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German Industrial Output Grows Most In 18 Months

germany jun07 09jan20 lt

German industrial production grew at the fastest pace in one-and-a-half years in November, while exports declined for the first time in three months and imports logged an unexpected fall.

Industrial production grew by a more-than-expected 1.1 percent on a monthly basis, offsetting a revised 1 percent fall in October, data from Destatis revealed Thursday. Economists had forecast a 0.8 percent rise. This was the fastest increase since May 2018.

On a yearly basis, industrial output declined 2.6 percent after falling 4.6 percent in October. Output was forecast to drop 3.7 percent.

The economy ministry said the slowdown in the industry has not yet been overcome. The stabilization of incoming orders and improved business expectations suggest that the industrial economy should brighten somewhat in the coming months, the ministry added.

Excluding energy and construction, industrial output advanced 1 percent in November. Energy production was down by 0.8 percent, while construction output grew 2.6 percent.

Within industry, production of capital goods increased 2.4 percent and that of consumer goods rose 0.5 percent. Meanwhile, intermediate goods showed a decrease of 0.5 percent.

Another data showed that exports declined for the first time in three months in November. Exports were down by a more-than-expected 2.3 percent on month, reversing a 1.5 percent rise in October. Exports were forecast to fall 0.9 percent.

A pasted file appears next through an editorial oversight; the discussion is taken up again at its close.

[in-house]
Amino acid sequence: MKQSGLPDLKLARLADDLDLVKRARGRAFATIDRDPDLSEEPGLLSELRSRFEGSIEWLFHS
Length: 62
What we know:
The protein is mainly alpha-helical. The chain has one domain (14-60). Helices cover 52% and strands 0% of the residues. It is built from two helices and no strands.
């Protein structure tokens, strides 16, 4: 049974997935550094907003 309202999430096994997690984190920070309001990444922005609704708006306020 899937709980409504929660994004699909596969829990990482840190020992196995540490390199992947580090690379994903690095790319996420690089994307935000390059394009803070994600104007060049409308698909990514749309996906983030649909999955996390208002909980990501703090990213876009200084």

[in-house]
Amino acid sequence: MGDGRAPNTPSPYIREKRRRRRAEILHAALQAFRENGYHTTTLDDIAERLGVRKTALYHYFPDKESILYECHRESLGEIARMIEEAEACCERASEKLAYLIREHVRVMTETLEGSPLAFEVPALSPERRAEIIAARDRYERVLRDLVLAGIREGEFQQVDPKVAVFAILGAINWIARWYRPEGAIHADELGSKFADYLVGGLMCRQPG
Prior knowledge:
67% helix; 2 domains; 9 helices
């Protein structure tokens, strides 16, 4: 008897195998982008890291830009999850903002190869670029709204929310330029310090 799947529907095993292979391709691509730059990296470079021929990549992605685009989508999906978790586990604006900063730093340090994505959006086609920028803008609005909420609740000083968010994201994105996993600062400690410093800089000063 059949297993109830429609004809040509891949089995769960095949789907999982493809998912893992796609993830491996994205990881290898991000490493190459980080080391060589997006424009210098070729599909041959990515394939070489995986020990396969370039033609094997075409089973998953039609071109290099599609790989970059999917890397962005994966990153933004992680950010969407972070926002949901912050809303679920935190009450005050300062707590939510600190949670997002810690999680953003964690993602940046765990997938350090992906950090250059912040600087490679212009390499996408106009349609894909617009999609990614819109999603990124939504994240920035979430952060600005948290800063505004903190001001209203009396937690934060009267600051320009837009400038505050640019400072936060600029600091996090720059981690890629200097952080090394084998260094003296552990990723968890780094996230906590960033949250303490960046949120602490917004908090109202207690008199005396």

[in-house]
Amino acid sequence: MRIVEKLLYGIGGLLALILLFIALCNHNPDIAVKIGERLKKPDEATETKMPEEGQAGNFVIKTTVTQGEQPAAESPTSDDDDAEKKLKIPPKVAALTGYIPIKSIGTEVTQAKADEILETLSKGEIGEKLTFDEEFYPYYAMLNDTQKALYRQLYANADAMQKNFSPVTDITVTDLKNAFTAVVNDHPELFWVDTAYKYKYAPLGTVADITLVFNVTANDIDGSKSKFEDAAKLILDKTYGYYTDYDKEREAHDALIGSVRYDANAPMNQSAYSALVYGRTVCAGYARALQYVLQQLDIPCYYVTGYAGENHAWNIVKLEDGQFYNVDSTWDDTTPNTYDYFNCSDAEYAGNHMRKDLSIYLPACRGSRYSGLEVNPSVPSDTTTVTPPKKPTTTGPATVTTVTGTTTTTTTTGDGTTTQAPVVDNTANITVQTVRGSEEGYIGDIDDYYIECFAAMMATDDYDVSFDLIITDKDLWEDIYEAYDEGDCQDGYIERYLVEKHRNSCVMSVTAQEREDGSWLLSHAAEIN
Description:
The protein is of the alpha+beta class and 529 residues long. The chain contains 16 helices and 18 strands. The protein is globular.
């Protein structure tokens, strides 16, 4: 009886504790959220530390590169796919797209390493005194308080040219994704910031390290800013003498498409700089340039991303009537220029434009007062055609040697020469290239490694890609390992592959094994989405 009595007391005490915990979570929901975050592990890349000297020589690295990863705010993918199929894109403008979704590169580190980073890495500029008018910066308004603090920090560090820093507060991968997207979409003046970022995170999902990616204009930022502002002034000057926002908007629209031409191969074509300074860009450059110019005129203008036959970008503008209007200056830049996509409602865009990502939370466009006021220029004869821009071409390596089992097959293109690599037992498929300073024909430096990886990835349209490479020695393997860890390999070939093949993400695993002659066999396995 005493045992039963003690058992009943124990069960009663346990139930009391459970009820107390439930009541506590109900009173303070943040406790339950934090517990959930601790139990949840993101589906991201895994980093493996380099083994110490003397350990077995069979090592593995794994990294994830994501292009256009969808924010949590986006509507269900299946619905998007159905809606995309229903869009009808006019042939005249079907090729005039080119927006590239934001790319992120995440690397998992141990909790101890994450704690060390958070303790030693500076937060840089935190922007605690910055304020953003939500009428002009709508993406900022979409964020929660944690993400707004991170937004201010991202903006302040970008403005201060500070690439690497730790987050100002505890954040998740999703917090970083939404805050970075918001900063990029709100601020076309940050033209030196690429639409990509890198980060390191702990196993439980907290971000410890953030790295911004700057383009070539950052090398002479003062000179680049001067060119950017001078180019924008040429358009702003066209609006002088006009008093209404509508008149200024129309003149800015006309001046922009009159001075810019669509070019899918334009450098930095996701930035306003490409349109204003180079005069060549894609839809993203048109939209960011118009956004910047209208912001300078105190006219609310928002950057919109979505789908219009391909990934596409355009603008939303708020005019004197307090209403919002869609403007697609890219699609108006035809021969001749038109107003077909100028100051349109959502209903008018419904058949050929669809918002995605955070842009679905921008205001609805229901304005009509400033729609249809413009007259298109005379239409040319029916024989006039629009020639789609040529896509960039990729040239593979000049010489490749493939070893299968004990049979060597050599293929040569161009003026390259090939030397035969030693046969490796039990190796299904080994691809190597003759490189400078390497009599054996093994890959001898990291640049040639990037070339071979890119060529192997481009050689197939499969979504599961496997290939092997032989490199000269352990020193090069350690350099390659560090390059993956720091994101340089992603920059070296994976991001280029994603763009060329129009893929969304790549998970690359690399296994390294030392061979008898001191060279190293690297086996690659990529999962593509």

At the same time, imports fell 0.5 percent, offsetting a 0.5 percent rise in the previous month and in contrast to a 0.2 percent rise economists had forecast.

As a result, the trade surplus fell to a seasonally adjusted EUR 18.3 billion from EUR 20.4 billion in October.

On a yearly basis, exports slid 2.9 percent and imports decreased 1.6 percent. Consequently, the trade surplus decreased to an unadjusted EUR 18.3 billion from EUR 20.2 billion last year.

The current account of the balance of payments showed a surplus of EUR 24.9 billion compared to a EUR 23.6 billion surplus last year.

Mixed data from industrial production and trade shows that the manufacturing slump is still not over, ING economist Carsten Brzeski, said.

Despite the latest increase, industrial production is still down compared with the third quarter and it would require another strong increase in December to end the year on a positive note, Brzeski noted. This outcome is rather unlikely given the slump in new orders, the economist added.

The German economy is not expected to recover rapidly and vigorously, Marco Wagner, an economist at Commerzbank said. Important export markets will remain weak in the longer term, and the German economy is hampered by the eroded competitiveness, the economist noted.

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